Grosvenor Street, Chester, Cheshire CH4
A town church by James O’Byrne, which with the adjoining friary building (also by O’Byrne) is an important element in the Chester Town Centre conservation area. The interior is a striking and in some respects unusual design, retaining some good fittings. O’Byrne is a northern Catholic architect of note and this is a good example of one of his middling-sized church designs.
The Capuchin Franciscans established a mission in Chester in 1858. Mass was first said in the Bishop’s house, later moving to a wooden building on Watergate Street which could accommodate 300. The site of the present church was acquired from the Church Commissioners in 1862 and the foundation stone laid that year. Benjamin Bucknell was appointed architect, but the church building was fraught with setbacks; the first contractor failed, in October 1863 an earthquake damaged the east front resulting in its demolition, and in December that year a hurricane destroyed the almost-complete building. In 1873 a fund was started for a new church to replace a temporary structure erected on the site. Mass was said at the Music Hall and the friars’ private chapel on Cuppin Street during construction. The new church was opened on 29 April 1875, with Cardinal Manning presiding. The friary to the east of the church – also designed by O’Byrne – opened in 1876 and a new school was built to the north in 1882. The church was consecrated in 1900. In 1932-33 the church was re-floored with oak blocks, the sanctuary redecorated, the heating system replaced and the entrance repaved. Until the post-war years the Franciscans served Catholics in the western part of Chester and surrounding rural areas. Post-Vatican II reordering included the removal of the communion rails and pulpit.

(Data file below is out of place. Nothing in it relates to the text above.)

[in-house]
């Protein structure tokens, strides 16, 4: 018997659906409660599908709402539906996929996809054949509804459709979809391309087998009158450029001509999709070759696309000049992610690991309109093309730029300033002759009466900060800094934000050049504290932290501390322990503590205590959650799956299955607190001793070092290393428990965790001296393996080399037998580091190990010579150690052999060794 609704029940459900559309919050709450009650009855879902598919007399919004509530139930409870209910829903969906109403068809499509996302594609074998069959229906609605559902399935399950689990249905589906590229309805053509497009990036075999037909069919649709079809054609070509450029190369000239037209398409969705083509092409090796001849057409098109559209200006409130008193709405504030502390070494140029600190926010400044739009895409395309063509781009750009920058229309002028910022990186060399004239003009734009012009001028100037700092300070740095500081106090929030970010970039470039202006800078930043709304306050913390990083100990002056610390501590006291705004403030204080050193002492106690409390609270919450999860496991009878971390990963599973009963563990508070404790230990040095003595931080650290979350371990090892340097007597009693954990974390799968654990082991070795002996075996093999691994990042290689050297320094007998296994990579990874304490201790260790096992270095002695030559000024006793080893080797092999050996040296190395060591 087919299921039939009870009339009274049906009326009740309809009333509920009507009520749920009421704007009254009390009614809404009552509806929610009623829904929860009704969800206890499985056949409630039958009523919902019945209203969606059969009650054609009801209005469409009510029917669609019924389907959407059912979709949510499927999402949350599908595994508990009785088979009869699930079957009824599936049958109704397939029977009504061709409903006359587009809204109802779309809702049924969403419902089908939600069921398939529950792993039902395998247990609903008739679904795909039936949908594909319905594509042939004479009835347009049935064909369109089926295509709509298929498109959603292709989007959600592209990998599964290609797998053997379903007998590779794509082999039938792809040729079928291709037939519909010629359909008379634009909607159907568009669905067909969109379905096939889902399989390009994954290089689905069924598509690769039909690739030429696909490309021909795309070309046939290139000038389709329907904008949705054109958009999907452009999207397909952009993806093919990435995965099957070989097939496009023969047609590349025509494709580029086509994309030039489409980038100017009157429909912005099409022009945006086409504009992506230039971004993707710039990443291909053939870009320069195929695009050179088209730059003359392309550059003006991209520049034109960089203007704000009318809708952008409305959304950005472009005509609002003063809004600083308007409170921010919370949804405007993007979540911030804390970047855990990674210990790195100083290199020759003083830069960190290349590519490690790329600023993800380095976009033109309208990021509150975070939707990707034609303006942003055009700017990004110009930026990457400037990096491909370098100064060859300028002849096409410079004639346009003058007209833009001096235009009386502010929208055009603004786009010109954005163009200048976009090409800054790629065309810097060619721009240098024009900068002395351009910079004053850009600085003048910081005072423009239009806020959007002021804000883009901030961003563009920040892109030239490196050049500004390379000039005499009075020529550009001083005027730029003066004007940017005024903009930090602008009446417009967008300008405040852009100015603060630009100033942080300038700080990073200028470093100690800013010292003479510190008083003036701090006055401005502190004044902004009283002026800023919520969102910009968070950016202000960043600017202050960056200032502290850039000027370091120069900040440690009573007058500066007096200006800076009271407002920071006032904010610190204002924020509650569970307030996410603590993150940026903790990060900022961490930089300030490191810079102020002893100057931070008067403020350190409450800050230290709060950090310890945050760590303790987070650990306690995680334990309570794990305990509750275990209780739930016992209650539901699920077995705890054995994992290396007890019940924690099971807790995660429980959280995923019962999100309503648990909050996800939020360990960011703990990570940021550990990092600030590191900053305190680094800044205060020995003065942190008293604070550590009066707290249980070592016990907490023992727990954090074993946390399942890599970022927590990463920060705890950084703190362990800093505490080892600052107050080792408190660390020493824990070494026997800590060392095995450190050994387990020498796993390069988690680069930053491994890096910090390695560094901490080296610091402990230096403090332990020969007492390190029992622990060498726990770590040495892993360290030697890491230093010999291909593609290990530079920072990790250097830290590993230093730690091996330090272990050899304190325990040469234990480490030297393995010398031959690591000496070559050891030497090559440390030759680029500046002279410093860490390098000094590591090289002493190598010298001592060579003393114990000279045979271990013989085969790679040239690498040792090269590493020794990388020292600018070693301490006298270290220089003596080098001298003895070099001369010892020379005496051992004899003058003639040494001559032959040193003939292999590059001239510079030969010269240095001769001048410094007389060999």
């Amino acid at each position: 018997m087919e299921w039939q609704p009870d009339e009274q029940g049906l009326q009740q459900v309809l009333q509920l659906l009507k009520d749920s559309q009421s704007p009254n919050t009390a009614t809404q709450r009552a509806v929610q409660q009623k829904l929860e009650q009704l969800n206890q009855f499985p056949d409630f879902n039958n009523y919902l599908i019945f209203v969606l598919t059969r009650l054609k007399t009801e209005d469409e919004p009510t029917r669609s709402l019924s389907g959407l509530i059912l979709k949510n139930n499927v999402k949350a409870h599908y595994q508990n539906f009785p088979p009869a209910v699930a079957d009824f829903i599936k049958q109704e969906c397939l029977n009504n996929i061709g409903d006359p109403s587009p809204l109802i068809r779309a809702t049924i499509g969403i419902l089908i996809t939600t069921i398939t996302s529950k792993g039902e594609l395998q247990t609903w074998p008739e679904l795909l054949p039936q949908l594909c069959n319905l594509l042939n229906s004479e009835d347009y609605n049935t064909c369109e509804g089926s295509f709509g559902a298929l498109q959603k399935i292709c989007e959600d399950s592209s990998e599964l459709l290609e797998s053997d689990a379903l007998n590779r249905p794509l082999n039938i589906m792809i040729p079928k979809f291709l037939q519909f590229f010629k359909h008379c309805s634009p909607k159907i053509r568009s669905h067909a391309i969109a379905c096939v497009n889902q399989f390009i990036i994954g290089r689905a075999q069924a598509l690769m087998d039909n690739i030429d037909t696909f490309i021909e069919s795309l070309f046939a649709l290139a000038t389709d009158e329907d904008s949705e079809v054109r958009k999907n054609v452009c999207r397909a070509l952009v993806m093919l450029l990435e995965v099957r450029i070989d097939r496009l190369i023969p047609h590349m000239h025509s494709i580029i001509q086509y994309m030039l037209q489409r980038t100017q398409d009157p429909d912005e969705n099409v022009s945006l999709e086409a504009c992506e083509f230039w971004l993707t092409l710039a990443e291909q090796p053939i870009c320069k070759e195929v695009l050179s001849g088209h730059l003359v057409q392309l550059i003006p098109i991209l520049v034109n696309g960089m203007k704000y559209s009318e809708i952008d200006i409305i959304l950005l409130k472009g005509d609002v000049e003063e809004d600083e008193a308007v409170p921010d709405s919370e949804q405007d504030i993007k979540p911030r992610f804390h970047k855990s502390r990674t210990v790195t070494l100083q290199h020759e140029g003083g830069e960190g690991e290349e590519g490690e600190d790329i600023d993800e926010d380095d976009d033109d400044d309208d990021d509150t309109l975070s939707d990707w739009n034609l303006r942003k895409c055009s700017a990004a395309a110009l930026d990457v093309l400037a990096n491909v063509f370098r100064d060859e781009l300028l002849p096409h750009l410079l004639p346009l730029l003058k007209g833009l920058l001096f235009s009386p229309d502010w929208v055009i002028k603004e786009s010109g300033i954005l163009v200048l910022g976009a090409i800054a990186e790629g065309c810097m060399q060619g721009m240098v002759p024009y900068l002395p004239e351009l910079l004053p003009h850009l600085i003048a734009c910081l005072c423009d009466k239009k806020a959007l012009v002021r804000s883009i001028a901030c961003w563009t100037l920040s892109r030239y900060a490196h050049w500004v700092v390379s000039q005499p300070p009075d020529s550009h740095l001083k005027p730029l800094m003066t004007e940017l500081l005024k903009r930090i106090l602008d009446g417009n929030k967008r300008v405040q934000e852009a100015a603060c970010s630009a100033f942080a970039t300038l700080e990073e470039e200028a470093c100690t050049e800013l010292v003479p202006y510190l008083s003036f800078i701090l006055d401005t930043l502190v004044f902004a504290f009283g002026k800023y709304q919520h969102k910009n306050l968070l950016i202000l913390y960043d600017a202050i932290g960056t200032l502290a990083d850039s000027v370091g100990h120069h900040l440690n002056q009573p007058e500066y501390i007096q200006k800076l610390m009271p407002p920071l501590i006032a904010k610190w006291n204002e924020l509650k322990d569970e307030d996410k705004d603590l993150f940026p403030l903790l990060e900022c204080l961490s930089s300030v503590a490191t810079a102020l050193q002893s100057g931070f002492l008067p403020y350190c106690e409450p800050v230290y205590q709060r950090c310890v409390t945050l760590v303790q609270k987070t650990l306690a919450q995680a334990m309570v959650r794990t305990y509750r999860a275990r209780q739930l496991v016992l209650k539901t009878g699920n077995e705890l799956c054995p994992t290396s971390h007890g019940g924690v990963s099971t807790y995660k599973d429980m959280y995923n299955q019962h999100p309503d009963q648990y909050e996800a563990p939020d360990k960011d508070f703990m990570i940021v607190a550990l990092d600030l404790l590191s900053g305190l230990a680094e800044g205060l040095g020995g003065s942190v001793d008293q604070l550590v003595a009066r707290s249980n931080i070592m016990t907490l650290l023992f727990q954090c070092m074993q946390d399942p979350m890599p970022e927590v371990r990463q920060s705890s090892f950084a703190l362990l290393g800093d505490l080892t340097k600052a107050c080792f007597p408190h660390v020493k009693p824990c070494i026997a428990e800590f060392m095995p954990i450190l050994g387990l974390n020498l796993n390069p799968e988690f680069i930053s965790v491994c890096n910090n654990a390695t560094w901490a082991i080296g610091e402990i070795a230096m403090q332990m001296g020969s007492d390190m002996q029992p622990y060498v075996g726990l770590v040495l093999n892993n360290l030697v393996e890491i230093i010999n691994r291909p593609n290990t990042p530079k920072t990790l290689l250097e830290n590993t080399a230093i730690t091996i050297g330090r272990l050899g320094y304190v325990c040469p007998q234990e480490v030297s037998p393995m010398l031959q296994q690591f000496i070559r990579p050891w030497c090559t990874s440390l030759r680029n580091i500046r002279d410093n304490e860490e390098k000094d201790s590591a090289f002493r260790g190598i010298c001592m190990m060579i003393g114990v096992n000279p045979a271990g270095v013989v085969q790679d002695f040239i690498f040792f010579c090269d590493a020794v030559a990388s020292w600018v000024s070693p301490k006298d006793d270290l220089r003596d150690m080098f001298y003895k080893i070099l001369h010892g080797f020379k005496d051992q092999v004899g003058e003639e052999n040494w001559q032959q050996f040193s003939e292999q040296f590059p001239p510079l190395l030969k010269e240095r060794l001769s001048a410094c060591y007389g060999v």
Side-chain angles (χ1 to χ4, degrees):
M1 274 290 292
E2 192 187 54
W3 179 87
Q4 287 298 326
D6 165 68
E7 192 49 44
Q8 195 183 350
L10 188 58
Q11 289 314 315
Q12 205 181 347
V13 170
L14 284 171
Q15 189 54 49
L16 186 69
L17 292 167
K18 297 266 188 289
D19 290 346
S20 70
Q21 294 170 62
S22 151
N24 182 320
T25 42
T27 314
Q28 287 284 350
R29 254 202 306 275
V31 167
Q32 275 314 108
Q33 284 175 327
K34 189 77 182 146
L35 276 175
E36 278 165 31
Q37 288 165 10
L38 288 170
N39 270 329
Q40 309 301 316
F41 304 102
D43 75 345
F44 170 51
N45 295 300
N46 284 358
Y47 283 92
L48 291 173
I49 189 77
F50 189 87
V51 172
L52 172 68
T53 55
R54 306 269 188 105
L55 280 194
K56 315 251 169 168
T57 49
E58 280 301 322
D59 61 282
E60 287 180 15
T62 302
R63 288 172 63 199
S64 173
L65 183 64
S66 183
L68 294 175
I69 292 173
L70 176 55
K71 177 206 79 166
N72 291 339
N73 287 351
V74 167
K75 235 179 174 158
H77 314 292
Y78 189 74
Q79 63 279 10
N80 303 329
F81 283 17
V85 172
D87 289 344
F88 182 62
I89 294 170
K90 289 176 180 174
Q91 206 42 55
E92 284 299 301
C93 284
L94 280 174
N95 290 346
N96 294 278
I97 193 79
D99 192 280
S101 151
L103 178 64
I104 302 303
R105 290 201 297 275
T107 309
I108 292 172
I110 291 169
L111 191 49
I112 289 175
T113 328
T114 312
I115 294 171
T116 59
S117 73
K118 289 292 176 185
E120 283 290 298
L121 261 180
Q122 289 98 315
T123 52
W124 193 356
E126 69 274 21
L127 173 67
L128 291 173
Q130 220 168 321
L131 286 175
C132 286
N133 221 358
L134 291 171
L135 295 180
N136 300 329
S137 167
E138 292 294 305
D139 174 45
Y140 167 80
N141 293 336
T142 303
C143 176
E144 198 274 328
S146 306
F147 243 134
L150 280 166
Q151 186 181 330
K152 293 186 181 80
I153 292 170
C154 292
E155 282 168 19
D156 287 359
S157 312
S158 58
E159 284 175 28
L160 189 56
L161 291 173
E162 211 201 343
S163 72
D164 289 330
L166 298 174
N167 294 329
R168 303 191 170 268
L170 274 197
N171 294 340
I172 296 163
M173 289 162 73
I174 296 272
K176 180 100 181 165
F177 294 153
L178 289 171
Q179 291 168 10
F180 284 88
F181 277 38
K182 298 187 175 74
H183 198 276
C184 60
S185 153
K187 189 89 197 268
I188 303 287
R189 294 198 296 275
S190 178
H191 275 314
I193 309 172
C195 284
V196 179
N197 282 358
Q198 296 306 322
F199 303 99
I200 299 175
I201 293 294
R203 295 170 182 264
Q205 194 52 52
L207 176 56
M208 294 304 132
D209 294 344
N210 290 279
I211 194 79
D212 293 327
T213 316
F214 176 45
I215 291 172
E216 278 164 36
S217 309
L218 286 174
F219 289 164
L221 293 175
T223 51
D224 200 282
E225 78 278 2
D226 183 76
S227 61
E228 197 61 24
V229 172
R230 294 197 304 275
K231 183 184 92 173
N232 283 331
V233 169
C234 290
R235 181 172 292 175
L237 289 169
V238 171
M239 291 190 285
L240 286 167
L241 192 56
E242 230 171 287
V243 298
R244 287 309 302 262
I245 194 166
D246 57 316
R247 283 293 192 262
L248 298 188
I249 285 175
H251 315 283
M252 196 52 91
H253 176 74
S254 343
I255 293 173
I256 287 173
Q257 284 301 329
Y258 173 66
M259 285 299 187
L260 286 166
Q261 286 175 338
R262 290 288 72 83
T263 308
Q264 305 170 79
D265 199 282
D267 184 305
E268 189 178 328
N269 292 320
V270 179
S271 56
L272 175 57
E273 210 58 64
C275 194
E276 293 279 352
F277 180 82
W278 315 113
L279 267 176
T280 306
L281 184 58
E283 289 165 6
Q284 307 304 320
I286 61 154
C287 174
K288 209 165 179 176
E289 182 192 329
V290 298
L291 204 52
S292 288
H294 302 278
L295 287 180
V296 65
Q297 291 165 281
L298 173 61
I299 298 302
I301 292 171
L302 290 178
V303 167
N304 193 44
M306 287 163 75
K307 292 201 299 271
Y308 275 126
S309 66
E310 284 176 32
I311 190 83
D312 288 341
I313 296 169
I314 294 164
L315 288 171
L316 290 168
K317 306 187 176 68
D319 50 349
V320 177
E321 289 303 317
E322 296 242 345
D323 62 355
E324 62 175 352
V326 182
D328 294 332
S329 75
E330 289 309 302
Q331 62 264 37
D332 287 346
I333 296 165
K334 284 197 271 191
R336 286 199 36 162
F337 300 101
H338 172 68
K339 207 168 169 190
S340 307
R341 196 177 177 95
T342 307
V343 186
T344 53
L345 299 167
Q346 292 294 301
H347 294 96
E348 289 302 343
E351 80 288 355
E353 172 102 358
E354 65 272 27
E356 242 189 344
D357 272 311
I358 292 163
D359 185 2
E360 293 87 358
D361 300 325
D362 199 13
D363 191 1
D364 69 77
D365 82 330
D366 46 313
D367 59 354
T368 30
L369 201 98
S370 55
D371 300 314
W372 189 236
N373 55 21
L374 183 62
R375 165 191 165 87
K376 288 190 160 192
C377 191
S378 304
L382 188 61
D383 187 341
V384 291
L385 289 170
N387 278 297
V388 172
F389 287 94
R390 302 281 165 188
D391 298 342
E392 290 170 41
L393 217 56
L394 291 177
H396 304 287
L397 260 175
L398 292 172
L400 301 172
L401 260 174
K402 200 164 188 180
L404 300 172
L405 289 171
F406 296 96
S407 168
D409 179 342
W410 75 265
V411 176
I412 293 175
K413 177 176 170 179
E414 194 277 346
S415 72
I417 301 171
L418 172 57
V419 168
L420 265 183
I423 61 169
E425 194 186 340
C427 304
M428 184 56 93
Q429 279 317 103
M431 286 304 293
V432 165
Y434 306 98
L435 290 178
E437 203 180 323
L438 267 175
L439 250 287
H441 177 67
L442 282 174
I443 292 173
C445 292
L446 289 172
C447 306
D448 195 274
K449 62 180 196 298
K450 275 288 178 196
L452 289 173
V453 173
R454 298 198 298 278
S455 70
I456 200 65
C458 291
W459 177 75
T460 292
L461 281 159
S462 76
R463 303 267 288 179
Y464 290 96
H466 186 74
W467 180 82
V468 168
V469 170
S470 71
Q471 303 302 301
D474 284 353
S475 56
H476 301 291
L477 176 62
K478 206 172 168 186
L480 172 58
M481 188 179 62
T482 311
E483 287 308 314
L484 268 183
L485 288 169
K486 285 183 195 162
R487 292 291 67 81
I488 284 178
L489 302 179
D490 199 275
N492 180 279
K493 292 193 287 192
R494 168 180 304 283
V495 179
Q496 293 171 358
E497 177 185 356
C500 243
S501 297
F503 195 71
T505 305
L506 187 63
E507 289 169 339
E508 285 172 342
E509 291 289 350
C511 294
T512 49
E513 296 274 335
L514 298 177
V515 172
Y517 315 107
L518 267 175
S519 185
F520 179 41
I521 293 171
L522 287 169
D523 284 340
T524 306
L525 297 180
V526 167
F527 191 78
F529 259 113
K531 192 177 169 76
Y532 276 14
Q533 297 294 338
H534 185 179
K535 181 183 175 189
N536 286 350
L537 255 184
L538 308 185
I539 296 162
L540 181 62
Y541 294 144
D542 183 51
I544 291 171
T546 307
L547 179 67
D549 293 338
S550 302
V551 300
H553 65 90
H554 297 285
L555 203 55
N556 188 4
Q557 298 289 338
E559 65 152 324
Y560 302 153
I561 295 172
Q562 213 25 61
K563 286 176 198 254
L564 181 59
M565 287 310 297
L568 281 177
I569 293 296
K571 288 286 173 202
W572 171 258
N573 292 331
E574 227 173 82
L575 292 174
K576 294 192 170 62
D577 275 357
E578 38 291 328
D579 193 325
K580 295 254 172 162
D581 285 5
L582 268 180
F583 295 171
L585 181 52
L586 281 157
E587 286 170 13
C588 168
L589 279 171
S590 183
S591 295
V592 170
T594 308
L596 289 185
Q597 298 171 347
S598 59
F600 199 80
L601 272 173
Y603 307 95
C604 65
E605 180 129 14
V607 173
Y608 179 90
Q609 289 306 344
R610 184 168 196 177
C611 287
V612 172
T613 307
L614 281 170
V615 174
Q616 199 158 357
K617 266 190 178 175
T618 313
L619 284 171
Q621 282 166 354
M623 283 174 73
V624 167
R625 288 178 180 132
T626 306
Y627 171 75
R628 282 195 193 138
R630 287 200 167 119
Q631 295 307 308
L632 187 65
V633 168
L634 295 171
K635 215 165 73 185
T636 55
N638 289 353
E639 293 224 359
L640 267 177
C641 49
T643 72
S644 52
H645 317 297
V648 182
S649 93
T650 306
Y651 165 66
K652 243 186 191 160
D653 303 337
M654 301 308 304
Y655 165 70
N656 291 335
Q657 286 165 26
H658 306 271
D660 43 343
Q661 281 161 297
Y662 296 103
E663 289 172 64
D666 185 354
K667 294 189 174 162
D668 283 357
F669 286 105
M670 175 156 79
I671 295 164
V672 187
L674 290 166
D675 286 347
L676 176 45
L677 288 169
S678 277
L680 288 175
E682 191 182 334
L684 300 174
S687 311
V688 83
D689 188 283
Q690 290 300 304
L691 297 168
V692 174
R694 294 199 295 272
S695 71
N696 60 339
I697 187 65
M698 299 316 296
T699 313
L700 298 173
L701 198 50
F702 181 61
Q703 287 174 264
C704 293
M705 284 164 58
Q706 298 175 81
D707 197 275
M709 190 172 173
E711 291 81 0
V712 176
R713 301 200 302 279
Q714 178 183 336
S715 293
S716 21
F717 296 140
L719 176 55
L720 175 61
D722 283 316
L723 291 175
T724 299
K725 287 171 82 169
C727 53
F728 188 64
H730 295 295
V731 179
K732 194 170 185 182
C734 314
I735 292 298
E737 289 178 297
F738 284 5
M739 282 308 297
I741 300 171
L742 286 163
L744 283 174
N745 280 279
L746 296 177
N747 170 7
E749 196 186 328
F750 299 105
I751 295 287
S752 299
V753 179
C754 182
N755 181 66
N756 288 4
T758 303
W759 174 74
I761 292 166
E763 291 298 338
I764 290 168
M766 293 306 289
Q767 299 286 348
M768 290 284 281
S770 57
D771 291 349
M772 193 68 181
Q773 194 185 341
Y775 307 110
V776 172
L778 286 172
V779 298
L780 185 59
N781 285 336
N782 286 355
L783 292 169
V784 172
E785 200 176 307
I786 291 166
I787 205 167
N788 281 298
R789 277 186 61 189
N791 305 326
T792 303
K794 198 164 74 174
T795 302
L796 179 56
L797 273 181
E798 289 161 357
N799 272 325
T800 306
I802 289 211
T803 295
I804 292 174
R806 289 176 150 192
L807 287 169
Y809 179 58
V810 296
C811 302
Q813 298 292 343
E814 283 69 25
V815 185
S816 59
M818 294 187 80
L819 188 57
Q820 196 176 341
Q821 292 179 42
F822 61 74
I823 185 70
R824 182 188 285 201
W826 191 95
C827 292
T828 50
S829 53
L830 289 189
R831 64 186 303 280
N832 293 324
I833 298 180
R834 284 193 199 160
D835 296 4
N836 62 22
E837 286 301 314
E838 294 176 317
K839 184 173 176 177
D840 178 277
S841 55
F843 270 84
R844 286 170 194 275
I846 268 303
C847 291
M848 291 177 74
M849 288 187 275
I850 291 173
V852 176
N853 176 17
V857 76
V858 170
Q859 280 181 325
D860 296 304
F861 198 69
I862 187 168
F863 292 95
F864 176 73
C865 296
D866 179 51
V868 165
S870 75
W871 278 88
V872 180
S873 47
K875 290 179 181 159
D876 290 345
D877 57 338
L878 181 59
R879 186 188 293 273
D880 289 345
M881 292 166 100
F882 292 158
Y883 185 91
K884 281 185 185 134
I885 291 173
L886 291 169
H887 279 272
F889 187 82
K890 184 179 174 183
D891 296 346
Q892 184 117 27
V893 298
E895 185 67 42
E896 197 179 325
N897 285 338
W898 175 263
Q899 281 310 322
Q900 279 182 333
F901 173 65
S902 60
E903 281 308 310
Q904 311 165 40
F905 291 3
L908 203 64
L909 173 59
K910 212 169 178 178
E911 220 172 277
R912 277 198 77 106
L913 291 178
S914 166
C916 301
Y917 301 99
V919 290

The list description (below) provides a comprehensive summary of the main features and character of the building. The west front faces roughly south, but in the list description liturgical compass points are used. Other points to mention (all taken from Plumb, p.21):
• The architect donated the statue of St Francis on the main façade
• The Calvary and statues of eight Franciscans on the reredos behind the high altar were carved by Sullivan of Chester
Architect: J. O’Byrne
Original Date: 1875
Conservation Area: Yes
Listed Grade: II